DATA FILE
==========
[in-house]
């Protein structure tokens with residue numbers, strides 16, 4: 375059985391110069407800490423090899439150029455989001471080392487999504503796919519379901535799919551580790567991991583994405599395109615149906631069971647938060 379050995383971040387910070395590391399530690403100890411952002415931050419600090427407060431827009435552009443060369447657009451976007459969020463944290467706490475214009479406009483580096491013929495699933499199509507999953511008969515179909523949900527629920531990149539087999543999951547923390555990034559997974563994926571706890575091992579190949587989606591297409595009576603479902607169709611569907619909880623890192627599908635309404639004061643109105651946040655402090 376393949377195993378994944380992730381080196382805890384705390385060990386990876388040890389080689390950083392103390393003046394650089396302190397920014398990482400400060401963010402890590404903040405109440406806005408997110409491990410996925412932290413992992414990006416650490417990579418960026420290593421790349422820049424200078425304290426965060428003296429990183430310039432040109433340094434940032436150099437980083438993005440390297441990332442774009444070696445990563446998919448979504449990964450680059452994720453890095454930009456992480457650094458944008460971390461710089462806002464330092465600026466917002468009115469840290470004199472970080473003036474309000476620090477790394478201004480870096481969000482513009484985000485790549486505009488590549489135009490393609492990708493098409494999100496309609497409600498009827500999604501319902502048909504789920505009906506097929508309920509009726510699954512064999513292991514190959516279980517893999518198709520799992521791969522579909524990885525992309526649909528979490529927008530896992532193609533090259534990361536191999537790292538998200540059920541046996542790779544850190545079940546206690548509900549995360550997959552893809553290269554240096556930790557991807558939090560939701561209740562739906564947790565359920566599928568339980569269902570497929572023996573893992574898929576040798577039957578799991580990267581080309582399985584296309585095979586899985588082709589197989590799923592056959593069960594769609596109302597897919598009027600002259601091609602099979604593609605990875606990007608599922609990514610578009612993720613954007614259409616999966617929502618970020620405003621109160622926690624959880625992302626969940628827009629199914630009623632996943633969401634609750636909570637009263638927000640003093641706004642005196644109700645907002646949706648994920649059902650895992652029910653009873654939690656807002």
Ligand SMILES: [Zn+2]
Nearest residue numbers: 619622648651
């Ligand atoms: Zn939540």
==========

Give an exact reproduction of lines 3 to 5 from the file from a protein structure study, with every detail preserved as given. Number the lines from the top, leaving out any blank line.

Ligand SMILES: [Zn+2]
Nearest residue numbers: 619622648651
């Ligand atoms: Zn939540």